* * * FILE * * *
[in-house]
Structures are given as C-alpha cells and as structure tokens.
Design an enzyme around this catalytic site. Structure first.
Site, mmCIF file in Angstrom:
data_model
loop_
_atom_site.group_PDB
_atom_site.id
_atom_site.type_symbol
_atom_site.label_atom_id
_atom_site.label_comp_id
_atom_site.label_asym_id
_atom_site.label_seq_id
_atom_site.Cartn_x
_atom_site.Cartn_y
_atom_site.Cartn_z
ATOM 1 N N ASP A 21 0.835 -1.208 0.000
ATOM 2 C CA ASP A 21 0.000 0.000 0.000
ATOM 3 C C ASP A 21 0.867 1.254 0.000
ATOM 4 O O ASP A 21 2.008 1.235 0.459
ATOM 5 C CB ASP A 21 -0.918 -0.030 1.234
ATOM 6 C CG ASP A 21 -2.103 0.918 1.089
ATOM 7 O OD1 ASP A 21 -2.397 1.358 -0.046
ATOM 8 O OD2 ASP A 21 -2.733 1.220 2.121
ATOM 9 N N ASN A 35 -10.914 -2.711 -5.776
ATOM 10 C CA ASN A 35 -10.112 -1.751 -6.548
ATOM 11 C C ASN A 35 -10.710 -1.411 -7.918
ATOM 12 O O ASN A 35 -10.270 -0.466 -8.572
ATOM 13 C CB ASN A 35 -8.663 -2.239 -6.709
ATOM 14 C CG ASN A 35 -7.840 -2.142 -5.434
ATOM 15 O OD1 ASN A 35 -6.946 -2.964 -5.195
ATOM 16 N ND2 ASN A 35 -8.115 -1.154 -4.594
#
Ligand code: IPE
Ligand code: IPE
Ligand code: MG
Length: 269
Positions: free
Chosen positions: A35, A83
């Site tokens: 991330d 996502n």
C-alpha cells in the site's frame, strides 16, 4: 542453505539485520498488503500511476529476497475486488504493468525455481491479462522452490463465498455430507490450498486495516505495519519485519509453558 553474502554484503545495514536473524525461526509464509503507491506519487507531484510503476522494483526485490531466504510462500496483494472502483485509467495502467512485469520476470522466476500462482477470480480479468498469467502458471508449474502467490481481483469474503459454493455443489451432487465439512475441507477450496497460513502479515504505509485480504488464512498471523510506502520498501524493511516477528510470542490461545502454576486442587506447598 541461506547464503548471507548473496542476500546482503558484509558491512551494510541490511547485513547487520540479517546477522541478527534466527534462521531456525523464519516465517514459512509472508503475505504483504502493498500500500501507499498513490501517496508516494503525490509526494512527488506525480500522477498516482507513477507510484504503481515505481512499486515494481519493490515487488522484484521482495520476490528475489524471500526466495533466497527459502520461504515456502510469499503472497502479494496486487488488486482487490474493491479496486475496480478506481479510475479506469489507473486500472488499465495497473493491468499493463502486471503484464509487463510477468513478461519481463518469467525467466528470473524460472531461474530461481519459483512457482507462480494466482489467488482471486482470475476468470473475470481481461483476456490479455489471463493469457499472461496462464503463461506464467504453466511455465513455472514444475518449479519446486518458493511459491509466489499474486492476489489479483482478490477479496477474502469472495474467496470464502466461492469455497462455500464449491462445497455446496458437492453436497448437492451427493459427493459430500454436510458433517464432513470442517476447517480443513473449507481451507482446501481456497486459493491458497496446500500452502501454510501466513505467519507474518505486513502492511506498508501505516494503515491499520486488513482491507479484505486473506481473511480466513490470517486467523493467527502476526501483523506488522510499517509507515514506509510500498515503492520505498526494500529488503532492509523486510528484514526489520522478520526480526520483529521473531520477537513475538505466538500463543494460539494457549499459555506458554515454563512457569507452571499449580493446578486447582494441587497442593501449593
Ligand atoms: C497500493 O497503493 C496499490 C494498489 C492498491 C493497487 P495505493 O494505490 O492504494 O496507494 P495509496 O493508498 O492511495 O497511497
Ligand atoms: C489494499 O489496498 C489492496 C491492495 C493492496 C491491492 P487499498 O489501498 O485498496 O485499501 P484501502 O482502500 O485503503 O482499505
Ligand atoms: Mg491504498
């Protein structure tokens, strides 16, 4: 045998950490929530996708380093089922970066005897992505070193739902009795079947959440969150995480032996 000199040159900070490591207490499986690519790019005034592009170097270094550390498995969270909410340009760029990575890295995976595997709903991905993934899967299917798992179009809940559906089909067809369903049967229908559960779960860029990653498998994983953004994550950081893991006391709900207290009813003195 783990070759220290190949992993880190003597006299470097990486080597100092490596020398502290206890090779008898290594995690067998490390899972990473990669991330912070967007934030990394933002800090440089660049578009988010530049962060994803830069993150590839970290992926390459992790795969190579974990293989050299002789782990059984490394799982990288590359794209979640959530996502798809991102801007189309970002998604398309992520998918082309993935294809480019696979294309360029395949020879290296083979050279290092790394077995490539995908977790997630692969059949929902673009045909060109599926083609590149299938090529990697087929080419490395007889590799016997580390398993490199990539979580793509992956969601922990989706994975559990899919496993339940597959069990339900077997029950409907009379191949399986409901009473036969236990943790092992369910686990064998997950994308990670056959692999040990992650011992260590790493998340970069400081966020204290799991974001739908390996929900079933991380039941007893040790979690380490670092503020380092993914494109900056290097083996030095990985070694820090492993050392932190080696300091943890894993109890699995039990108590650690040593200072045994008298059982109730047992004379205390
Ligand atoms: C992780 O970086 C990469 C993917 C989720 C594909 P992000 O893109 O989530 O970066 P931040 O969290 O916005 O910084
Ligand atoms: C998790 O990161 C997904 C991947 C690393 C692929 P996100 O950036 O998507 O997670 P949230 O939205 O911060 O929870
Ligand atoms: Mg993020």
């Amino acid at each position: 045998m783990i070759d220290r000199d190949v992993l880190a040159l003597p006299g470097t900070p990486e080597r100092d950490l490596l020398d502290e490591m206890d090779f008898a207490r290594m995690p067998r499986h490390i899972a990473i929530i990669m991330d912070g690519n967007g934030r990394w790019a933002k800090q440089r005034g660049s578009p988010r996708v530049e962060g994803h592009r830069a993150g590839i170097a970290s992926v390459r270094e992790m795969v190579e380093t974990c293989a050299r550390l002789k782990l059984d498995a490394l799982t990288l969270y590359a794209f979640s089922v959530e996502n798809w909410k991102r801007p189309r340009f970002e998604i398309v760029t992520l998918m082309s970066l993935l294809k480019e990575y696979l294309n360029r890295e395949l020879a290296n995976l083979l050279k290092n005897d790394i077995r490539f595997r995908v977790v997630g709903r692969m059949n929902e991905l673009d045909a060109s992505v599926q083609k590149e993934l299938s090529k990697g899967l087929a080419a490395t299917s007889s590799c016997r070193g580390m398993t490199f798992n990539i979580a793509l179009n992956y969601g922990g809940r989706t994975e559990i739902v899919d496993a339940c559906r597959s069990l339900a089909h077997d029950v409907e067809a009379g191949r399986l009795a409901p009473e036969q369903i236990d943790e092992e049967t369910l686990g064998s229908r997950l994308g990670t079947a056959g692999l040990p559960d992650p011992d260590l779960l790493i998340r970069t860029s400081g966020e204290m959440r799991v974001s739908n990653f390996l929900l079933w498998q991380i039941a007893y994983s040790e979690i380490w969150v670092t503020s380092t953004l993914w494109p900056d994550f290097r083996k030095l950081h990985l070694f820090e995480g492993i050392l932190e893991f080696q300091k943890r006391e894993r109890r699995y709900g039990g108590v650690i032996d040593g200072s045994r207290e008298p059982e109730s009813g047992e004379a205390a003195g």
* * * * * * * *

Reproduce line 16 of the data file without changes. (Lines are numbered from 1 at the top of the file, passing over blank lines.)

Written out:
_atom_site.Cartn_z